Later, the original game was re-released as Civilization II: Multiplayer Gold Edition, which bundled both prior expansion packs and added options for networked and hotseat play, and features tweaked AI. However, all of the music tracks that were in the original release of Civilization II have been removed - only some of the "new" ones remain. The tweaked AI is also perpetually unfriendly, rendering most diplomatic functions useless.
Civilization II: Test of Time, an unrelated game by a different company, was released in 1999. It was a stand-alone game with new features, such as redrawn, animated units, support for multiple maps in one game, and some new campaign modes.
In 2007 Sid Meier's Civilization II was placed on IGN's 100 greatest video games of all time, coming in at #3. This list also included console games, and Civ II was the second highest-ranked PC game behind Tetris.
Sid Meier's Civilization II' music is in the Red Book CD-audio format, the same as that found on normal music CDs. The songs are quite varied; some are from the 19th century classical era, such as the Blue Danube Waltz, while others have a tribal, tropical sound to them. The music can be played back through any CD-ROM drive. Over 200 MB of space on the Civilization II CD is taken up by the music, 280 MB is occupied by the videos (many of them are historical footages), whereas the actual program data takes up less than 30 MB.
The five different releases of Sid Meier's Civilization II have added and subtracted tracks from the mix, with Fantastic Worlds containing the largest number of tracks of all releases.
Wonders of the World Music
Whenever a player builds a Wonder of the World, a short video with music is played. The music is often taken from other sources:
- King Richard's Crusade - Dance of the Furies, Christoph Willibald Gluck
- Leonardo's Workshop - Cantaloupe Island, Herbie Hancock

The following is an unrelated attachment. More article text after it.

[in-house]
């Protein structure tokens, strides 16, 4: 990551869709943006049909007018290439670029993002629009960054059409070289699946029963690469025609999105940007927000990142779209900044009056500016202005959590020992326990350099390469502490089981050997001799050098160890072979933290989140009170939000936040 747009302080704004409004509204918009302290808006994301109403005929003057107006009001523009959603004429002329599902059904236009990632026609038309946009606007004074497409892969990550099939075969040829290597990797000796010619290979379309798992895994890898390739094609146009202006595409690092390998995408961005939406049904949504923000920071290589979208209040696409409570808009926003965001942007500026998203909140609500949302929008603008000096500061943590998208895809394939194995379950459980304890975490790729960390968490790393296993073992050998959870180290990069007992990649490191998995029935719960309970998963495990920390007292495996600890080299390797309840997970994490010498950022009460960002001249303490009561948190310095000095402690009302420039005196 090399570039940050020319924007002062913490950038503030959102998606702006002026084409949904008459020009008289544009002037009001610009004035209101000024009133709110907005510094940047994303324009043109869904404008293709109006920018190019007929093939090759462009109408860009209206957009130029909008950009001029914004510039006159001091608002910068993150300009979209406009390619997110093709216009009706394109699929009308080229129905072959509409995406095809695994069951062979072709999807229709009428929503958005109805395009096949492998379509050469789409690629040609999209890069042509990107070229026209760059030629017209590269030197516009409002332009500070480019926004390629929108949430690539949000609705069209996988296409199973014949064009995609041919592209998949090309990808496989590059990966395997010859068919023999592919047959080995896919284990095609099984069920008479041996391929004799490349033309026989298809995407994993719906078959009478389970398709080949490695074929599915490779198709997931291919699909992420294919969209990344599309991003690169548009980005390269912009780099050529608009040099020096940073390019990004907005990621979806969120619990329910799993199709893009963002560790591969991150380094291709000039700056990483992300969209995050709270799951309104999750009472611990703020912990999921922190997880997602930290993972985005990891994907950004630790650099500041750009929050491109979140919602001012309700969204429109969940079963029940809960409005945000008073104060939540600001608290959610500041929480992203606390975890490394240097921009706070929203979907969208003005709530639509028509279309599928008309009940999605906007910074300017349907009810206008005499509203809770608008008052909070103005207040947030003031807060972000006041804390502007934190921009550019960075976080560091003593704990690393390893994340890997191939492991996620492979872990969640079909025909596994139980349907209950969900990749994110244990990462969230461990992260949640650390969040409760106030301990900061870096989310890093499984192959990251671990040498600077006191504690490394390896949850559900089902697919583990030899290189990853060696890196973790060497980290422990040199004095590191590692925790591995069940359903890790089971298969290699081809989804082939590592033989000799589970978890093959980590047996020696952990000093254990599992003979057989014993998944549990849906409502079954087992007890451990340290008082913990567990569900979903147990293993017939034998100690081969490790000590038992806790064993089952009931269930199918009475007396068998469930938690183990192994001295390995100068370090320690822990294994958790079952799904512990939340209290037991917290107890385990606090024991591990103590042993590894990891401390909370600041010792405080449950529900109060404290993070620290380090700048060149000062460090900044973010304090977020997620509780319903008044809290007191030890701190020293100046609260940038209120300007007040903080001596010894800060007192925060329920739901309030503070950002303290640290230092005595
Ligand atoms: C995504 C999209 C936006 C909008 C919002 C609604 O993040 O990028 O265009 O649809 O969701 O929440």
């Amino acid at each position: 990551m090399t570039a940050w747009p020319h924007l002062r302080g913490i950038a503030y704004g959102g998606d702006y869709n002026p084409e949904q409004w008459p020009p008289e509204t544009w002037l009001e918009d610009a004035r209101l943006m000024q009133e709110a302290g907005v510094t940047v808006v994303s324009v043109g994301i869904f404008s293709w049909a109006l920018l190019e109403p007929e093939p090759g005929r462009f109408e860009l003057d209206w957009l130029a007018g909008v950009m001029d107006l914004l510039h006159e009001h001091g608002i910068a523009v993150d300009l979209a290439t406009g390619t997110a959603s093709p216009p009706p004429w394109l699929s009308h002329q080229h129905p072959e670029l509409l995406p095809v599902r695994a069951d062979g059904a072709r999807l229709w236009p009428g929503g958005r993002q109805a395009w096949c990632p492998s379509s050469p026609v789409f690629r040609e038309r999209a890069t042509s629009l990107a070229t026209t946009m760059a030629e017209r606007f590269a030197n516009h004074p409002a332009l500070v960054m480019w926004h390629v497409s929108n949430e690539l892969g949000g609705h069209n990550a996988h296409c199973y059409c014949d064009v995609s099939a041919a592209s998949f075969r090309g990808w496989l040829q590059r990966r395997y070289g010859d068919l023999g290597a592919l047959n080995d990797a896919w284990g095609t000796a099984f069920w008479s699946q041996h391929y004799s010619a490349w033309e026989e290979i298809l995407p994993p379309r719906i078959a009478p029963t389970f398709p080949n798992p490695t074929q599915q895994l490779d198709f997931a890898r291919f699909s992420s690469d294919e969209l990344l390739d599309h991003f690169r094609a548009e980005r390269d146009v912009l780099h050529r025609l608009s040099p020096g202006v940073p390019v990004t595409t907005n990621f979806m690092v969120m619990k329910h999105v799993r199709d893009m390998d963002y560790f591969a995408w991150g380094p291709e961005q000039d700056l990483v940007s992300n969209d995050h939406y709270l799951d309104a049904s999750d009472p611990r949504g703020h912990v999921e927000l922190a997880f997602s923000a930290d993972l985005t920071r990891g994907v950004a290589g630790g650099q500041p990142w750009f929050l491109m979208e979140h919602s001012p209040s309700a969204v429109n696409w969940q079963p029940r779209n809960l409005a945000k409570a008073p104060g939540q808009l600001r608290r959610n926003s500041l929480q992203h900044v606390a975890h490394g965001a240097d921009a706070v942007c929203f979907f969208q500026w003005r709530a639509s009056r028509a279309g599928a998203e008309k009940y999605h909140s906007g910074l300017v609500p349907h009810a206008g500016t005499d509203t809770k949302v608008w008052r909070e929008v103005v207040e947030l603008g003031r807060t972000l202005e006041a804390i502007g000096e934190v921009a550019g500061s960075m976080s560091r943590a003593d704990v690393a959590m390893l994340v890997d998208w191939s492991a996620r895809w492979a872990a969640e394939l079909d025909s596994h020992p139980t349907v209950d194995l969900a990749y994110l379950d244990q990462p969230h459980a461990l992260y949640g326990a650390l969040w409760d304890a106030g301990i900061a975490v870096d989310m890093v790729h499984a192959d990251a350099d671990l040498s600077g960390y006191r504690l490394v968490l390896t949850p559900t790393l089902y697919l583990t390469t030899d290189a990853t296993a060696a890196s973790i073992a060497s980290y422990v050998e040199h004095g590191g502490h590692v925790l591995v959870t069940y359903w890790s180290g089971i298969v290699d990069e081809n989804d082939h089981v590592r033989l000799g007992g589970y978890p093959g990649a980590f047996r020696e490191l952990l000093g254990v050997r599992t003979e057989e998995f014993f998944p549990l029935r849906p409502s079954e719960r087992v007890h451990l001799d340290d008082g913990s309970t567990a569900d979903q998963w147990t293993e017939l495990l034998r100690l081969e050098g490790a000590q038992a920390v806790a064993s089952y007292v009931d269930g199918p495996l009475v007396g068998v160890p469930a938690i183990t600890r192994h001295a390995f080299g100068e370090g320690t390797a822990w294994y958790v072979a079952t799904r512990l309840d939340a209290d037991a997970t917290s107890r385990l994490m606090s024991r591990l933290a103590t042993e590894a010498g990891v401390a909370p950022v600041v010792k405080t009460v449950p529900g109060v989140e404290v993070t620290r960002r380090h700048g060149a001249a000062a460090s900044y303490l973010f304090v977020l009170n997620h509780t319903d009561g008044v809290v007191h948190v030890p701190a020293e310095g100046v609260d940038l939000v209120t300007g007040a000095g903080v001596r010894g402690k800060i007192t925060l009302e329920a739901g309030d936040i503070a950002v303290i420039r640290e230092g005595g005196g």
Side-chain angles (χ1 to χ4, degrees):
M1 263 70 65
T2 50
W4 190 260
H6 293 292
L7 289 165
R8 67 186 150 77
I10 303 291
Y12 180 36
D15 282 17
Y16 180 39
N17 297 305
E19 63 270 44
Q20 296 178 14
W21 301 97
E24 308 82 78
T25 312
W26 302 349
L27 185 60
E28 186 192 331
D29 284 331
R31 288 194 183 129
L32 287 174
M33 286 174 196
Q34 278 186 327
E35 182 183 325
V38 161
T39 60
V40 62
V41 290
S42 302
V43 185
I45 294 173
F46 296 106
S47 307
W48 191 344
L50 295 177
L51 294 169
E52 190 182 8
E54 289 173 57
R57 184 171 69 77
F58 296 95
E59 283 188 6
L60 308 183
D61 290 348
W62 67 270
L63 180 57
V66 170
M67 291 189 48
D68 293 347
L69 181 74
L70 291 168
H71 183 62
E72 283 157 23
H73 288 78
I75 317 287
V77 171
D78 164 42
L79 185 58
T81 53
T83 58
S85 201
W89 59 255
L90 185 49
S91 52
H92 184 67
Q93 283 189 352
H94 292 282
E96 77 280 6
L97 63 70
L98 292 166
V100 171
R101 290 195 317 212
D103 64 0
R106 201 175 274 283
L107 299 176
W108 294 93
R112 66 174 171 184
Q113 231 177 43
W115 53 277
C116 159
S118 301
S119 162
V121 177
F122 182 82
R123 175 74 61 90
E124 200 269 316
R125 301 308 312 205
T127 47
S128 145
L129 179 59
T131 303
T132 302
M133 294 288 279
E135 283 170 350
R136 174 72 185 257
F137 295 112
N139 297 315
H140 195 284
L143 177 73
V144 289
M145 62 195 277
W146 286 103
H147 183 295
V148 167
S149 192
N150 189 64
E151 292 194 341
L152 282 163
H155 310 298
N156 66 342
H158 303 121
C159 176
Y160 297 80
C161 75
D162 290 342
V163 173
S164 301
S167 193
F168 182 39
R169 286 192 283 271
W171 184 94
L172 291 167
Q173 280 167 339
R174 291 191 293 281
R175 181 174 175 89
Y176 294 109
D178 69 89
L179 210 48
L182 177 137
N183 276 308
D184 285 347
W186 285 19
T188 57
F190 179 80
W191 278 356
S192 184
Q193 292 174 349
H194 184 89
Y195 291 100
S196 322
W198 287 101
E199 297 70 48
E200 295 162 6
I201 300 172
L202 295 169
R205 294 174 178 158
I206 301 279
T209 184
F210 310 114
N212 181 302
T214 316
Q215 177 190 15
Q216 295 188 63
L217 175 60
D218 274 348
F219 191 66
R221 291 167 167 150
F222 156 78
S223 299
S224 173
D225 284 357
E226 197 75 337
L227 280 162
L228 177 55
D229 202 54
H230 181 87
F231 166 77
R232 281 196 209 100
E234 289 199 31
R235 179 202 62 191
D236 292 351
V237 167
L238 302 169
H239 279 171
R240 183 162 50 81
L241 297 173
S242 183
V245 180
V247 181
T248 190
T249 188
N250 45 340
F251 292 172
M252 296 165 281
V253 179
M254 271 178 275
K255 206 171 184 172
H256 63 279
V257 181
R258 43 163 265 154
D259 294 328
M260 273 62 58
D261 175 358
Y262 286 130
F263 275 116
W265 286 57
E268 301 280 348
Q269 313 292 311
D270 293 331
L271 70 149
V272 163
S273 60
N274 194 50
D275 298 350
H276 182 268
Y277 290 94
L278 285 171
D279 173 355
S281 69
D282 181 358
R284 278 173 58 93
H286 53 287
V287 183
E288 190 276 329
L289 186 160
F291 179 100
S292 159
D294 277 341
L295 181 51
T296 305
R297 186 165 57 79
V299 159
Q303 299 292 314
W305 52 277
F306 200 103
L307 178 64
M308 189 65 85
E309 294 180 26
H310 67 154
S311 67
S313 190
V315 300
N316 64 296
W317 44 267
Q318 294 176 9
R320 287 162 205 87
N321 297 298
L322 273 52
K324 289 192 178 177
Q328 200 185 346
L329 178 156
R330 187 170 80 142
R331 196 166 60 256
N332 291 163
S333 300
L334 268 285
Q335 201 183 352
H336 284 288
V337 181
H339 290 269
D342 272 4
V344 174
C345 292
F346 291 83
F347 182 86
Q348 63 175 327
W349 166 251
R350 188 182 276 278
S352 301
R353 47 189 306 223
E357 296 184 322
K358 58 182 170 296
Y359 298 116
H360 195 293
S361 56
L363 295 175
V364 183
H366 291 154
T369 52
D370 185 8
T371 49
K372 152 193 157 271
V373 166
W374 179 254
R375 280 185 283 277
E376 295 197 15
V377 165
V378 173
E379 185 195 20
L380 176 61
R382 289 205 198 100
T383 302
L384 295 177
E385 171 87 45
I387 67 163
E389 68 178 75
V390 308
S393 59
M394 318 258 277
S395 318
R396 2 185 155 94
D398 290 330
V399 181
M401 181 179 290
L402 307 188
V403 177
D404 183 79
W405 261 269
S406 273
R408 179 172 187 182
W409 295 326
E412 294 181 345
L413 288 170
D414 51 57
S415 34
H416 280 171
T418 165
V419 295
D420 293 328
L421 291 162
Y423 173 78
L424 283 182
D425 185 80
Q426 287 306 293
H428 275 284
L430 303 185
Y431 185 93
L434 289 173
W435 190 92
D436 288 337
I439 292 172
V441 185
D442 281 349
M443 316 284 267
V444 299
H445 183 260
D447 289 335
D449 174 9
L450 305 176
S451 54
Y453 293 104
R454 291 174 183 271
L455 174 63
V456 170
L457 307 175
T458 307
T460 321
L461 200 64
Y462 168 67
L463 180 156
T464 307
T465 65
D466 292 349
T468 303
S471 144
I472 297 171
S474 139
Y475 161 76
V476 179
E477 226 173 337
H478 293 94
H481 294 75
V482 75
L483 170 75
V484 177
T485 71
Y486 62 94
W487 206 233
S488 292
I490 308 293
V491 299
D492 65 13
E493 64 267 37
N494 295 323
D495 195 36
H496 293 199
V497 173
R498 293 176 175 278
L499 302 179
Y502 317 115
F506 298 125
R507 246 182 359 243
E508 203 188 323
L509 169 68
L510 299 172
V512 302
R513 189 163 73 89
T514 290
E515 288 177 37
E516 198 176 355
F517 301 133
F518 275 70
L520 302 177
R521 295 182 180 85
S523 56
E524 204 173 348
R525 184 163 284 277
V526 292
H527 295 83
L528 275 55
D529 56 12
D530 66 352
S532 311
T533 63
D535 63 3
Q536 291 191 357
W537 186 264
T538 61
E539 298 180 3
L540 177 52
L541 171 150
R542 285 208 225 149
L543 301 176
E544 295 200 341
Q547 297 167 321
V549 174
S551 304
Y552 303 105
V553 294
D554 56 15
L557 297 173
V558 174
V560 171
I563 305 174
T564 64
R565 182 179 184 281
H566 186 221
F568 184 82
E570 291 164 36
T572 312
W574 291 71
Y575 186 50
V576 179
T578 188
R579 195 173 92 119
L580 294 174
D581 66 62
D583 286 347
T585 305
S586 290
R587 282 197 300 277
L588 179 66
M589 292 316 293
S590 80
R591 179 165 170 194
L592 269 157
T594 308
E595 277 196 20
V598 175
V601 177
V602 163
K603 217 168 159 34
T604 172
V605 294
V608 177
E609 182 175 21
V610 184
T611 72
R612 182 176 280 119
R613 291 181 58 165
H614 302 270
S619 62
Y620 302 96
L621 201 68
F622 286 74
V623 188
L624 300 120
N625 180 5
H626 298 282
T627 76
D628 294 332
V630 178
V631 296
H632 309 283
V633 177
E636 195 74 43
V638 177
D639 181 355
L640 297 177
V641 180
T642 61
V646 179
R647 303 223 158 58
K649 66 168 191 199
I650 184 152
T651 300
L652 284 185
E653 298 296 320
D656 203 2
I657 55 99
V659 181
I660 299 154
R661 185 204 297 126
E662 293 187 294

- Michelangelo's Chapel - Credo, Giovanni Pierluigi da Palestrina
- J.S. Bach's Cathedral - Toccata and Fugue in D minor, Johann Sebastian Bach
- Shakespeare's Theatre - Taken from the prologue to Henry V
- Statue of Liberty - El Capitan March, John Philip Sousa
- Isaac Newton's College - Concerto For 4 Violins & Strings in B minor, Antonio Vivaldi
- Adam Smith's Trading Company - The Entrance of the Queen of Sheba from the oratorio Solomon, George Frideric Handel
- Pyramids - "The Feeling Begins"
- Great Wall of China - "Gethsemane"
- Sun Tzu's War Academy - "Gethsemane"
- Colossus - Main Title
- Great Lighthouse - "Elk Hunt"
- Marco Polo's Embassy - "The Kiss"
- Magellan's Expedition - "Promontory"
- United Nations - "The Glade Part II"
Or various other sources:
- Oracle - Theme from Harry's Game by Clannad
- Women's Suffrage - Swinging at the Daisy Chain by the Count Basie Orchestra
- Hoover Dam - A remix version of "Arkam Bridge" from the soundtrack of the PC game Mechwarrior 2 Ghost Bears Legacy by Gregory Alper & Jeehun Hwang.
- Manhattan Project - I Had My Chance by Morphine
- Apollo Program - Telegraph Road by Dire Straits
- Civilization Fanatics Center
- Apolyton Civilization Site
- Sid Meier's Civilization (series)
- MechWarrior 2 Soundtrack